TurtleStitch: Found here http://www.turtlestitch.org/ A variant of SNAP! in which you can code a turtle to make an embroidery pattern and then upload the pattern to a professional embroidery machine. The presenters used the program at a STEM camp to encourage student self-expression. The students made their own personal logo and stitched it on a T-shirt! I tried to find embroidery machines that would work with the file formats in this program, but I can’t tell if a basic $400 machine would be able to actually stitch the patterns. I need to do a little more research to see if an embroidery machine would be a good addition to our makerspace.
Beetle Blocks: Found here http://beetleblocks.com/ you can program a “beetle” instead of a turtle. The beetle moves in 3-d space and can extrude filament behind it to create a 3-D model! You can export the 3-D model for use in a 3-D printer or in any other modeling tool such as Blender, Unity, or TinkerCad. I love this tool. I found some great examples by another CS teacher / blogger I follow, Laurel Pollard. She makes earrings with Beetle Blocks, among other cool things. I made a tower of hearts and 3-d printed it. I thought for my first project it wasn’t too bad!
And here it is!
EarSketch: Making music with Python. Intriguing! I didn’t get a chance to play with it, but I’m interested. https://earsketch.gatech.edu/landing/#/
Jupyter Notebooks: This was presented as an interactive notebook in which you can do storytelling and coding, and it gives you a runtime environment for Python code. You can find it here: http://jupyter.org/ I would be really interested in this environment if it does what I think it does. I’m going to explore it this summer. I usually use OneNote as an interactive notebook, and I ask students to copy and paste their code there. How nice would it be to just be able to execute the code and keep notes all in one place?
There are example assignments and puzzles here. http://norvig.com/ipython/
Building Capacity and Professional Development:
I attended a number of sessions that touched on how to develop more CS teaching capacity. New Mexico started a program to train science teachers in NetLogo, and through a blend of online and in-person learning, recruited dozens of teachers to offer a new course integrating simulations and coding into science. Utah created a tiered certification program for teachers, allowing many teachers to offer CS at an entry point appropriate for them. The UK created a computing certificate for teachers that included online coursework, an individual coding project, and an action research component on CS pedagogy. I loved this model and thought it has a lot of potential for my own district.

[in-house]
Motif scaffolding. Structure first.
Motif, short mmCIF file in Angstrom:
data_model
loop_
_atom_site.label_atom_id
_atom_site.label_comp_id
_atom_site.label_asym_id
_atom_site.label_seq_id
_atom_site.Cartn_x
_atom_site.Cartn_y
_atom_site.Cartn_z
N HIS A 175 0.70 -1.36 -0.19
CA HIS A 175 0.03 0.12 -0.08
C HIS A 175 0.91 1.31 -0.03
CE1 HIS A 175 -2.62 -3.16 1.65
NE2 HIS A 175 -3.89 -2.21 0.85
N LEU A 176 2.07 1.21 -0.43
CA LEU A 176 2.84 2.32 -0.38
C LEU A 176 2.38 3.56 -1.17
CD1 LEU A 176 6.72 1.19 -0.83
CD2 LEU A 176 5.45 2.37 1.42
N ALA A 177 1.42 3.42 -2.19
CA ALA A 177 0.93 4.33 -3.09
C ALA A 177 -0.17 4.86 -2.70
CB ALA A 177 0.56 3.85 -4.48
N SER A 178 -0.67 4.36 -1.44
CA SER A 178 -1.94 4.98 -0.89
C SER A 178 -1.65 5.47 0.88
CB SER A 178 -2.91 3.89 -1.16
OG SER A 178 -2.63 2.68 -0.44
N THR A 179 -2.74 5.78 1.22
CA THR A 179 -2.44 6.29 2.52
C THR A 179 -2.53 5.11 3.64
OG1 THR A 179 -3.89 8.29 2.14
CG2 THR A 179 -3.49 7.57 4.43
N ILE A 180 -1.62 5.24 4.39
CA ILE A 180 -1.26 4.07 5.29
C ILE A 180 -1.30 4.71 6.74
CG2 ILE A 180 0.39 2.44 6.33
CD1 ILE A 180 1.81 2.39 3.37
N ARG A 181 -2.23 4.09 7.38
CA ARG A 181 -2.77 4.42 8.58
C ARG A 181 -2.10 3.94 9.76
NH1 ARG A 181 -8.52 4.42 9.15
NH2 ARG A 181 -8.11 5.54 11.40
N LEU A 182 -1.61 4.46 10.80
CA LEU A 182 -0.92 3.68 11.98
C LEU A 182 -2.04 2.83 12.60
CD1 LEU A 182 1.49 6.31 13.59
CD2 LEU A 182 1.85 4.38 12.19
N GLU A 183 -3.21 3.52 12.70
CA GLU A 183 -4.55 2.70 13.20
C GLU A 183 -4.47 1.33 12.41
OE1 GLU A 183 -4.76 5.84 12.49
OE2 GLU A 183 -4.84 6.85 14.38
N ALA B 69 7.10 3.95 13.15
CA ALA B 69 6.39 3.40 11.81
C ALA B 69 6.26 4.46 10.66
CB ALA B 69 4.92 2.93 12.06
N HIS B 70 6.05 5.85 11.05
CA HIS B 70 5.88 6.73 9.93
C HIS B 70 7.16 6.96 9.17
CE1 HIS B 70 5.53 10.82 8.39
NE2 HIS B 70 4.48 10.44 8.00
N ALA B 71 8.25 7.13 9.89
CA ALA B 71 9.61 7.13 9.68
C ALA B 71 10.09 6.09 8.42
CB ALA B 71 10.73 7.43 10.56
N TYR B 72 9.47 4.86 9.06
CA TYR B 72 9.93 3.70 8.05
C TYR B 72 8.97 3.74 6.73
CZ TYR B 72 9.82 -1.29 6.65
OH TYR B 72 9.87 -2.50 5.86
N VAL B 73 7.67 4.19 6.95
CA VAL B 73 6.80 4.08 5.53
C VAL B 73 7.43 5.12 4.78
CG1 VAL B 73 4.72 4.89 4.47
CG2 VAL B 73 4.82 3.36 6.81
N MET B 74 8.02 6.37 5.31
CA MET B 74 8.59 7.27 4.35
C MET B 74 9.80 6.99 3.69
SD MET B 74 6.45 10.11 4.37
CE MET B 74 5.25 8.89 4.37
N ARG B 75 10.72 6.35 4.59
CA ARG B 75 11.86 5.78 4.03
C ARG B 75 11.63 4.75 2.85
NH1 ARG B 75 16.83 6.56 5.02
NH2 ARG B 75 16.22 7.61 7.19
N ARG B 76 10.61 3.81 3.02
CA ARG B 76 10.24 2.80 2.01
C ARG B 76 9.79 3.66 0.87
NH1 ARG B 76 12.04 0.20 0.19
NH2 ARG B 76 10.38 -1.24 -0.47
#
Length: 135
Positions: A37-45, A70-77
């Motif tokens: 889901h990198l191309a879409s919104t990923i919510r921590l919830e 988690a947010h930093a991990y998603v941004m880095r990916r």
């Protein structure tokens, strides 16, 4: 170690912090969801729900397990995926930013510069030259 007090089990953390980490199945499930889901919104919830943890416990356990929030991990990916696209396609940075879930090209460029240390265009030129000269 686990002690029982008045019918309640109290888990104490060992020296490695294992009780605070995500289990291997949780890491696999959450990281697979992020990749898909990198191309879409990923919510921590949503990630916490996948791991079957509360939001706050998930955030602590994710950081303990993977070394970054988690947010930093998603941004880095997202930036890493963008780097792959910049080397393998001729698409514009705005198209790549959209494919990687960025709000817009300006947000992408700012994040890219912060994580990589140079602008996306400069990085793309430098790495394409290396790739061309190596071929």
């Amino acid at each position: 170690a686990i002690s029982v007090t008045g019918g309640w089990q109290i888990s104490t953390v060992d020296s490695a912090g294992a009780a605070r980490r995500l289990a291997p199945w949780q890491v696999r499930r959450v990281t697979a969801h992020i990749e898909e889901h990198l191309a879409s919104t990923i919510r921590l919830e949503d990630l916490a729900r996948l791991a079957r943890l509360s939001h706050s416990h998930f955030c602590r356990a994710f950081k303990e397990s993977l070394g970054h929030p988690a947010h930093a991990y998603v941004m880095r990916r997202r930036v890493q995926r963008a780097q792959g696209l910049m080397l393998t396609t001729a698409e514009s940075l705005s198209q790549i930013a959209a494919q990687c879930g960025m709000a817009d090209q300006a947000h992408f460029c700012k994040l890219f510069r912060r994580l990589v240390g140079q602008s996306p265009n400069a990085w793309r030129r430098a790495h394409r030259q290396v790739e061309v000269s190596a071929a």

I also got to attend a “birds of a feather” session on the K-12 CSTA standards, which are almost ready for full release. I like the standards overall. I notice that they represent a big philosophical change from what I am used to, which is the K-12 Common Core math standards. In order for someone to teach the CSTA standards well, they would have to offer a chance to create an involved capstone project. Many of the standards are something you *could* teach with a couple of lessons and a quiz, but students can’t truly demonstrate they learned the concept without actually creating a meaningful, authentic project that includes the idea. We talked about the need for examples and rubrics. What does mastery vs. proficiency look like at different grade bands? Those conversations will need to be hashed out, but the standards-writers could help us along with built-in rubrics where appropriate.
Networking with Friends
Finally it was awesome to meet up with several people I knew from online but hadn’t met in person. 🙂 Thanks to Sheena Vaidyanathan, Kim Wilkens, and Todd Lash, my Twitter #csk8 friends who sought me out and said hi! And Mike Zamansky, a fellow blogger and Tweeter. It was great to connect and share ideas. I also got to meet several of Kristina’s AP CS contacts from around the internet and it was great. Thanks to all of you for commiserating with me – this job is hard, and it often helps to know you share a lot of the same struggles.
I really enjoyed SIGCSE 2017 and I felt I came away with a lot of interesting tools to try, and new insights on computer science education. I hope I get to attend another CS education conference again sometime!
So I’ve been thinking a lot about competency-based education – the idea that learners should be able to progress through a flexible map of skills or concepts or dispositions, tracking progress and reflecting as they go, with as much choice as is reasonable on the timing and nature of the learning, on a time scale that’s right for them. Simple… right? I’m playing with some ways of piloting the idea in my classroom and I keep thinking about gaming in this process. Most video games have levels or achievements, and gamifying education is based on the inherent motivation built into video games. Every time you fail a level, you get to try again. You try until you succeed. Success metrics are clear, and when you succeed you go on to the next level. I like playing Minecraft with my kids, and we have fun finding our way through the Minecraft achievement map. The skills are really clear-cut and the achievements have to be done in order.